Definition: "An ergogenic aid is any substance or phenomenon that enhances performance "

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Bodybuilder injected coconut oil into his arms

Bodybuilder injected coconut oil into his arms
British surgeons operated on a bodybuilder who had injected coconut oil into his arms, resulting in a torn triceps. The doctors wrote up the case in BMJ Case Reports.

The case
The bodybuilder who ended up on the operating table of the London surgeon Maira Hameed and her colleagues was a 25-year-old man. He'd been training three times a week in a gym for four years, and went to his doctor because he had pain in his elbow when he moved his right arm.

Because the triceps on his right arm looked unusual, the doctors made a scan of his arm. The scan showed that the man had torn his triceps, which you can see in the photo below, between the two red arrows.

Bodybuilder injected coconut oil into his arms

Bodybuilder injected coconut oil into his arms

But there was more: the doctors also noticed that the man had lots of abnormalities on his triceps and biceps. These are the white bubbles in the photos above. The photo above on the left shows a side view of the arm, the middle and right-hand photos show the arm from behind.

When the doctors asked the bodybuilders what might have caused the abnormalities, he confessed that he’d been injecting his arms with coconut oil to make them look larger. So the bubbles were encapsulated oil.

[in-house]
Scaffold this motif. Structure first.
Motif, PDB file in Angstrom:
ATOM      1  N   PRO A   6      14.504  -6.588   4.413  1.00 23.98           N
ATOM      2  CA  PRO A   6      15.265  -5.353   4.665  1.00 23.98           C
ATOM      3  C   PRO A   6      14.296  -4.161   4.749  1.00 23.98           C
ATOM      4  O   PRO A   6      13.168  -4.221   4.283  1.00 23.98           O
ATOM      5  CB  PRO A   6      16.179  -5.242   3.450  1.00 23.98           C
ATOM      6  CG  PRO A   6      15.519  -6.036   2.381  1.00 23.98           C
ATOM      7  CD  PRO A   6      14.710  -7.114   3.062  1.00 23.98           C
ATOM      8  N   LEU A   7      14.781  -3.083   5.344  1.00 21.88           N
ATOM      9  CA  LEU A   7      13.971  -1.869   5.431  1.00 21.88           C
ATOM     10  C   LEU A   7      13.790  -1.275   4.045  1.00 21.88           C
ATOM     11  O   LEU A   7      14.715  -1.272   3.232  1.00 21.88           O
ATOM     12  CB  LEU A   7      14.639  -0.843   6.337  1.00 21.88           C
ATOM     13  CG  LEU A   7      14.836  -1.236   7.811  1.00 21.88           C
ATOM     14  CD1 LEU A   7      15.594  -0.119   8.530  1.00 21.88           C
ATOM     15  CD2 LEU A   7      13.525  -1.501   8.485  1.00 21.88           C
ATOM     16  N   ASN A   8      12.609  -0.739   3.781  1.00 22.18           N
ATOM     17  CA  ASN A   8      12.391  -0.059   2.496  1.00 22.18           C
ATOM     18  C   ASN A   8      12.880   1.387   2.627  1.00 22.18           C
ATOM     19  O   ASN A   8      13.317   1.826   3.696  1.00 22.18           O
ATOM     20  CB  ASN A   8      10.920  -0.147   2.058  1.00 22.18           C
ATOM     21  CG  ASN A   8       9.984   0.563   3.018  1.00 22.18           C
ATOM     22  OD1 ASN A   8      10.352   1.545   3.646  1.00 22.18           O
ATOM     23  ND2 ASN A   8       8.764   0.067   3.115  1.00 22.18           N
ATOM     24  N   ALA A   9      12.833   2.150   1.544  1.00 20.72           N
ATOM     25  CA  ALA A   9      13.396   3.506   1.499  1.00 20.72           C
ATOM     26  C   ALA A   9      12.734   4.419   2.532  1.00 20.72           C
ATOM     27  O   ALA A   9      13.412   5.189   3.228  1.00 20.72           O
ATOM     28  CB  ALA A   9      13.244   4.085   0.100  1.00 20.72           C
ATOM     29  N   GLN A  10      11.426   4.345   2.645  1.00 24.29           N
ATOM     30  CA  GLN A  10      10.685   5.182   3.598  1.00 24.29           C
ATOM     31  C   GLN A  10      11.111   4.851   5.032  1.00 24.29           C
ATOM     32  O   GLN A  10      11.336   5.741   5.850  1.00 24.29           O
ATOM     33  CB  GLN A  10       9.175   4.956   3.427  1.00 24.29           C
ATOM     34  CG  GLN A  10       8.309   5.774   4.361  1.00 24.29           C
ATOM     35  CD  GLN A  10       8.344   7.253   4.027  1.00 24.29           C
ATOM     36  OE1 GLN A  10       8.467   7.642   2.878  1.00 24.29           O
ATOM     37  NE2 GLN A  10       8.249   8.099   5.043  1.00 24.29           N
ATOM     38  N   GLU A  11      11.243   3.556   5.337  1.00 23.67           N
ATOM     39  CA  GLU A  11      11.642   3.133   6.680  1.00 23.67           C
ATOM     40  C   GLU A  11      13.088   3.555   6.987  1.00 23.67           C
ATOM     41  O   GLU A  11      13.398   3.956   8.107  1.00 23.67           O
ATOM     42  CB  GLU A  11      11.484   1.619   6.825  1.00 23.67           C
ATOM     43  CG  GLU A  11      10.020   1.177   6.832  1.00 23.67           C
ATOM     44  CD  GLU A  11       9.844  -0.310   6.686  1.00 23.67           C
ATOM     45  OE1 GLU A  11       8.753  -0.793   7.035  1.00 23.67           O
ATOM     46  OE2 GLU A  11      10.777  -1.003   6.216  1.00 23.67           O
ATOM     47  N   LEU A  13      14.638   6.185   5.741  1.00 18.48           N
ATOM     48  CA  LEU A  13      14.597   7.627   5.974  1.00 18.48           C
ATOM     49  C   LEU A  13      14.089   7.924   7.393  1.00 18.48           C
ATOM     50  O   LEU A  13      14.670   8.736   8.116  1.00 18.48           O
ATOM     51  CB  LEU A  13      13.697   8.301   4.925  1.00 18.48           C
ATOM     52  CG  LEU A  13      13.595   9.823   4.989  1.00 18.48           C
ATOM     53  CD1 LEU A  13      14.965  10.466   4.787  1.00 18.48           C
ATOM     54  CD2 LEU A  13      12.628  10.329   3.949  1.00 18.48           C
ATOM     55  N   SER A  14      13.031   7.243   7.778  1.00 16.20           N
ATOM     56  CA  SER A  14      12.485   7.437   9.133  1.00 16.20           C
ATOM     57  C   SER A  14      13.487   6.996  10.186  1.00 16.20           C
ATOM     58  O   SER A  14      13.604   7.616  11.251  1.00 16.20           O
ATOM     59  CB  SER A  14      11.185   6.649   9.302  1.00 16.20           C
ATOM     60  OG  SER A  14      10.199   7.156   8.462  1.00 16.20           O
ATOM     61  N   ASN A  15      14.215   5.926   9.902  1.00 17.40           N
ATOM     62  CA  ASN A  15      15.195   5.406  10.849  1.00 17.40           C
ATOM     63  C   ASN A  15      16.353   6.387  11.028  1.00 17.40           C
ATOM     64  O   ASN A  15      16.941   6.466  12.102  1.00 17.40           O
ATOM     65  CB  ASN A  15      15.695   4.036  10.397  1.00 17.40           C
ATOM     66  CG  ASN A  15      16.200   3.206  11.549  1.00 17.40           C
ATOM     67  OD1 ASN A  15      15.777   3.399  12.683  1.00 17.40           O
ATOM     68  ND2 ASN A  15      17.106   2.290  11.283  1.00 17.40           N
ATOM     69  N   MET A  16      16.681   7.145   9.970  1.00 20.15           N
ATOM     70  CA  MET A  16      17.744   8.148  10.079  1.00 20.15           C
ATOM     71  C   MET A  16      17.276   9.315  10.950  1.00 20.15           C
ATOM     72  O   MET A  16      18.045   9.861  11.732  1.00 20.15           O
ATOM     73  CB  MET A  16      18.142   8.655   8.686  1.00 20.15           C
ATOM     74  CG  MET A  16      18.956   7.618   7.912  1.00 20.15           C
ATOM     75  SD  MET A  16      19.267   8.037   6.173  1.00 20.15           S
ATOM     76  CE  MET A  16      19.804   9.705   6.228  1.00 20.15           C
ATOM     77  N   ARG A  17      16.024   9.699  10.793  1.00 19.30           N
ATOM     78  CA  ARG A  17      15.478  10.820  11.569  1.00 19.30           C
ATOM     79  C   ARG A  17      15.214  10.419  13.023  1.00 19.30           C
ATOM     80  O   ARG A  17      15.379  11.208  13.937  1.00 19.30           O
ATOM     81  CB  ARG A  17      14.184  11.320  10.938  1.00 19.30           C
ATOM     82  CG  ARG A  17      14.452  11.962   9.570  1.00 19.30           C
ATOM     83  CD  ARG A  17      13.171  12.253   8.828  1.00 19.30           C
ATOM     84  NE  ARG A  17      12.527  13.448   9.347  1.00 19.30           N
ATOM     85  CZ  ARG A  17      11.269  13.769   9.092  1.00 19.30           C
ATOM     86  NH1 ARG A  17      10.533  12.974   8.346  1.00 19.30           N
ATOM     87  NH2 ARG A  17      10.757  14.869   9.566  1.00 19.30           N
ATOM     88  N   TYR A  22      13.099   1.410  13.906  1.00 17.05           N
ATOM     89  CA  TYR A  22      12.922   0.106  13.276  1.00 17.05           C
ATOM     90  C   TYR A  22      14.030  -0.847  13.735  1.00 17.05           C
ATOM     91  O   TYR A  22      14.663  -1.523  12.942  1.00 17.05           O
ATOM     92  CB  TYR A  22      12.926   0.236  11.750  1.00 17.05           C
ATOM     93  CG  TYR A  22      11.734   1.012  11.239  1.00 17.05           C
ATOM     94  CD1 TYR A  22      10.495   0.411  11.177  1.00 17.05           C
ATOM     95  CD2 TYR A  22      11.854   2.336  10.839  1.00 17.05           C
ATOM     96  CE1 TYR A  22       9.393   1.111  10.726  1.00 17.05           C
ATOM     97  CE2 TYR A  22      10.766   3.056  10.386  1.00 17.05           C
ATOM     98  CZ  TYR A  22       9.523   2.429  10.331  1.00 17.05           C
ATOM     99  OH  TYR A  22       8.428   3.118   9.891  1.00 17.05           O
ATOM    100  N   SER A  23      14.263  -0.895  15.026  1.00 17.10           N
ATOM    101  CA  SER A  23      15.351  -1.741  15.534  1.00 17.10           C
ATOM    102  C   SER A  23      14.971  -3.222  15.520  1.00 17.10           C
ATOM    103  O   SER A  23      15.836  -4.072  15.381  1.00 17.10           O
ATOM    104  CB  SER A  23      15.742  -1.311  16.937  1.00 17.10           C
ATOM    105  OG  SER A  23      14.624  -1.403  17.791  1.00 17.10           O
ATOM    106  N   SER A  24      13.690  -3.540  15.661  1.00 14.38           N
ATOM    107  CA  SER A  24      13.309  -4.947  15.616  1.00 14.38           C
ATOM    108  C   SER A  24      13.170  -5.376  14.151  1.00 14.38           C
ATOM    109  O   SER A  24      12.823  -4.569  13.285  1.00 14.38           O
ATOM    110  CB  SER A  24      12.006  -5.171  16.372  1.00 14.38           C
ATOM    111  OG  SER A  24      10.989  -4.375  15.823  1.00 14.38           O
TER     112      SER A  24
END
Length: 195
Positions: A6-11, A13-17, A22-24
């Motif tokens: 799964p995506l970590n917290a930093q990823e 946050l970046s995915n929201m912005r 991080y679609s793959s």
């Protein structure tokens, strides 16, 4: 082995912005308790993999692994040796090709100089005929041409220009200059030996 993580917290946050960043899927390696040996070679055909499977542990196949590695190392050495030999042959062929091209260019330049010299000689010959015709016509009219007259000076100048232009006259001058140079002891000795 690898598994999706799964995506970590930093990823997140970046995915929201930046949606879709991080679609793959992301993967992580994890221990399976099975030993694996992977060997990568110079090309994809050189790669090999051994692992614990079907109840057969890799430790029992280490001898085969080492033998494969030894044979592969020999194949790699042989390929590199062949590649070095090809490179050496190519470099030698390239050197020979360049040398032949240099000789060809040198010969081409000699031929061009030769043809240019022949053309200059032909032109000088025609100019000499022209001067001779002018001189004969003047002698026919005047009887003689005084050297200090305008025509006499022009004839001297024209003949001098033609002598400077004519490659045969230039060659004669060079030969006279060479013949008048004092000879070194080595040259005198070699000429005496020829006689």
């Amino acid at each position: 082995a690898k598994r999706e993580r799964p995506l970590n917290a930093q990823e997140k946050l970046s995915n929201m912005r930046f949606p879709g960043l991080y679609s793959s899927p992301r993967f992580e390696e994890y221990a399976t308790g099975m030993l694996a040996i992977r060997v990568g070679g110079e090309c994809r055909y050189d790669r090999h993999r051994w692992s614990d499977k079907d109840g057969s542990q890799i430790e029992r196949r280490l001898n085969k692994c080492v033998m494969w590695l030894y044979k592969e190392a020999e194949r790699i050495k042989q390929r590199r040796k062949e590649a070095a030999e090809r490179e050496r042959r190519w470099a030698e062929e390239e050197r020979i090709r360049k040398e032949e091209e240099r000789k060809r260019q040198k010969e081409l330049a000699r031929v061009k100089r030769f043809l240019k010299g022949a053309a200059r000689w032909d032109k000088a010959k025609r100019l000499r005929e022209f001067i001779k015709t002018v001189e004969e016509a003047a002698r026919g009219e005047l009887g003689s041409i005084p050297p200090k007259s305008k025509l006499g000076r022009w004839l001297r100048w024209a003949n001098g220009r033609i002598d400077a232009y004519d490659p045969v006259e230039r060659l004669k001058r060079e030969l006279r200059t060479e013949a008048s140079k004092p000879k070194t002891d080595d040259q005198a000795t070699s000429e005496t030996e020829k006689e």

When the doctors analysed the man's blood they found that he had an abnormally high testosterone level, and that his LH level was so low as to be undetectable. So the man was using synthetic testosterone and was no longer producing any of his own.

Moreover, the concentration of thyroid hormones in the man's blood was extremely low. The bodybuilder had been taking so much tsynthetic hyroxine that his body had stopped making its own supply, and hormone recovery had apparently not yet started.

Besides coconut oil, testosterone and thyroxine, the bodybuilder said that he also injected insulin and vitamin B2.

The doctors operated on the man's triceps. After some physiotherapy the man's arm recovered, after which he returned to his old lifestyle. "However, despite being counselled about the potential future risks, the patient continues to practice unsafe techniques to achieve his desired body image," the doctors wrote.

Shocked, the doctors went in search of more information and found only a few studies. On the internet, however, they discovered that tens of thousands of bodybuilders inject themselves with oils to make their muscles look bigger.

"The few cases of natural oil self-inoculation formally reported are likely to be the tip of the iceberg," the doctors wrote. "This is partly due to this practice being relatively unknown among clinicians compared with anabolic steroid use in this patient cohort, and the reluctance of patients to volunteer the information."

"As demonstrated in our case, there is a risk of late and/or misdiagnosis. Diagnosis can be further confounded by a latent period before reaction to the enhancement oil."

"By reporting this case, we hope to raise awareness of the varied practices among the bodybuilding community and the variety of their potential presentations in the community, clinics and in the accident and emergency setting."

BMJ Case Rep. 2016 Dec 1;2016. pii: bcr2016217208.

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